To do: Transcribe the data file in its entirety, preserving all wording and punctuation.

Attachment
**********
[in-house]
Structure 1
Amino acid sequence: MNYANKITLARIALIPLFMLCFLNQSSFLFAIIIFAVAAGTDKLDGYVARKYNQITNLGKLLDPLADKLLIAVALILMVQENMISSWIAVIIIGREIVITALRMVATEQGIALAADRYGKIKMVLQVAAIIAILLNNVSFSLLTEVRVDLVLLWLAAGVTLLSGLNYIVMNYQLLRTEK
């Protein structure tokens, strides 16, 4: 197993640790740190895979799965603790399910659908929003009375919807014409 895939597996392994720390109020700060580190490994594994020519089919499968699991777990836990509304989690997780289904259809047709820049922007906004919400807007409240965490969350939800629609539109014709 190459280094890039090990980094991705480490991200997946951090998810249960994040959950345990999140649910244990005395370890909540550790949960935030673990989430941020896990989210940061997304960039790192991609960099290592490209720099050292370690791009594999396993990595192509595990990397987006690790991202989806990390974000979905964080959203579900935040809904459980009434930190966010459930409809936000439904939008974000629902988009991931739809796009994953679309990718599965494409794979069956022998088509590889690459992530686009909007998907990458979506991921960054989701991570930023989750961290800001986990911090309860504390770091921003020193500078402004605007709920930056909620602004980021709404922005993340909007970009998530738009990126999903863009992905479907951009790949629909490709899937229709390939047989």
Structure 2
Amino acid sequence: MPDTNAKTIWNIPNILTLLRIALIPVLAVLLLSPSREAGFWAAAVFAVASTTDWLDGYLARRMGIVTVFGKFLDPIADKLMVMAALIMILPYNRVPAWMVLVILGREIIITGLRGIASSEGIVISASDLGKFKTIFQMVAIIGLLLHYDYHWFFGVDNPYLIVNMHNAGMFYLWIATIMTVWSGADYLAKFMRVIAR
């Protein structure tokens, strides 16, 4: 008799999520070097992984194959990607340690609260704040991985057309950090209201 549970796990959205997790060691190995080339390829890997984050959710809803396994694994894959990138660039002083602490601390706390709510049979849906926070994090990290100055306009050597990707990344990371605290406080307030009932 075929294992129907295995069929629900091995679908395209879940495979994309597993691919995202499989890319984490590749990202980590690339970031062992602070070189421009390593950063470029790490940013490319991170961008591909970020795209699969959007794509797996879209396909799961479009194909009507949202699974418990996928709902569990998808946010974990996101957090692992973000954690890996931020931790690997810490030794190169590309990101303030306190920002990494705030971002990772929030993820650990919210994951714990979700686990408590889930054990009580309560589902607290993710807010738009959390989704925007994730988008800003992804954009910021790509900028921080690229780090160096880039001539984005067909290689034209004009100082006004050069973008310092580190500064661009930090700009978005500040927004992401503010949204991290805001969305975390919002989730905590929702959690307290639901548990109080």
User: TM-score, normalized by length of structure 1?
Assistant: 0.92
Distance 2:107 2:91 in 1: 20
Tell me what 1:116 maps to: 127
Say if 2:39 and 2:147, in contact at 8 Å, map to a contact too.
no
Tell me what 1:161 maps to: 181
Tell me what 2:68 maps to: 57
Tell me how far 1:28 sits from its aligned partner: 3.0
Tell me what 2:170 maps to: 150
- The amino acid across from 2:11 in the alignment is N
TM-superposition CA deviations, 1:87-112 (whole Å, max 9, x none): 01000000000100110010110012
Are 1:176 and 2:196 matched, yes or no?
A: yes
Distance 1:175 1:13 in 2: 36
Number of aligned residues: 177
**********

[in-house]
Structure 1
Amino acid sequence: MNYANKITLARIALIPLFMLCFLNQSSFLFAIIIFAVAAGTDKLDGYVARKYNQITNLGKLLDPLADKLLIAVALILMVQENMISSWIAVIIIGREIVITALRMVATEQGIALAADRYGKIKMVLQVAAIIAILLNNVSFSLLTEVRVDLVLLWLAAGVTLLSGLNYIVMNYQLLRTEK
């Protein structure tokens, strides 16, 4: 197993640790740190895979799965603790399910659908929003009375919807014409 895939597996392994720390109020700060580190490994594994020519089919499968699991777990836990509304989690997780289904259809047709820049922007906004919400807007409240965490969350939800629609539109014709 190459280094890039090990980094991705480490991200997946951090998810249960994040959950345990999140649910244990005395370890909540550790949960935030673990989430941020896990989210940061997304960039790192991609960099290592490209720099050292370690791009594999396993990595192509595990990397987006690790991202989806990390974000979905964080959203579900935040809904459980009434930190966010459930409809936000439904939008974000629902988009991931739809796009994953679309990718599965494409794979069956022998088509590889690459992530686009909007998907990458979506991921960054989701991570930023989750961290800001986990911090309860504390770091921003020193500078402004605007709920930056909620602004980021709404922005993340909007970009998530738009990126999903863009992905479907951009790949629909490709899937229709390939047989």
Structure 2
Amino acid sequence: MPDTNAKTIWNIPNILTLLRIALIPVLAVLLLSPSREAGFWAAAVFAVASTTDWLDGYLARRMGIVTVFGKFLDPIADKLMVMAALIMILPYNRVPAWMVLVILGREIIITGLRGIASSEGIVISASDLGKFKTIFQMVAIIGLLLHYDYHWFFGVDNPYLIVNMHNAGMFYLWIATIMTVWSGADYLAKFMRVIAR
């Protein structure tokens, strides 16, 4: 008799999520070097992984194959990607340690609260704040991985057309950090209201 549970796990959205997790060691190995080339390829890997984050959710809803396994694994894959990138660039002083602490601390706390709510049979849906926070994090990290100055306009050597990707990344990371605290406080307030009932 075929294992129907295995069929629900091995679908395209879940495979994309597993691919995202499989890319984490590749990202980590690339970031062992602070070189421009390593950063470029790490940013490319991170961008591909970020795209699969959007794509797996879209396909799961479009194909009507949202699974418990996928709902569990998808946010974990996101957090692992973000954690890996931020931790690997810490030794190169590309990101303030306190920002990494705030971002990772929030993820650990919210994951714990979700686990408590889930054990009580309560589902607290993710807010738009959390989704925007994730988008800003992804954009910021790509900028921080690229780090160096880039001539984005067909290689034209004009100082006004050069973008310092580190500064661009930090700009978005500040927004992401503010949204991290805001969305975390919002989730905590929702959690307290639901548990109080």
User: TM-score, normalized by length of structure 1?
Assistant: 0.92
Distance 2:107 2:91 in 1: 20
Tell me what 1:116 maps to: 127
Say if 2:39 and 2:147, in contact at 8 Å, map to a contact too.
no
Tell me what 1:161 maps to: 181
Tell me what 2:68 maps to: 57
Tell me how far 1:28 sits from its aligned partner: 3.0
Tell me what 2:170 maps to: 150
- The amino acid across from 2:11 in the alignment is N
TM-superposition CA deviations, 1:87-112 (whole Å, max 9, x none): 01000000000100110010110012
Are 1:176 and 2:196 matched, yes or no?
A: yes
Distance 1:175 1:13 in 2: 36
Number of aligned residues: 177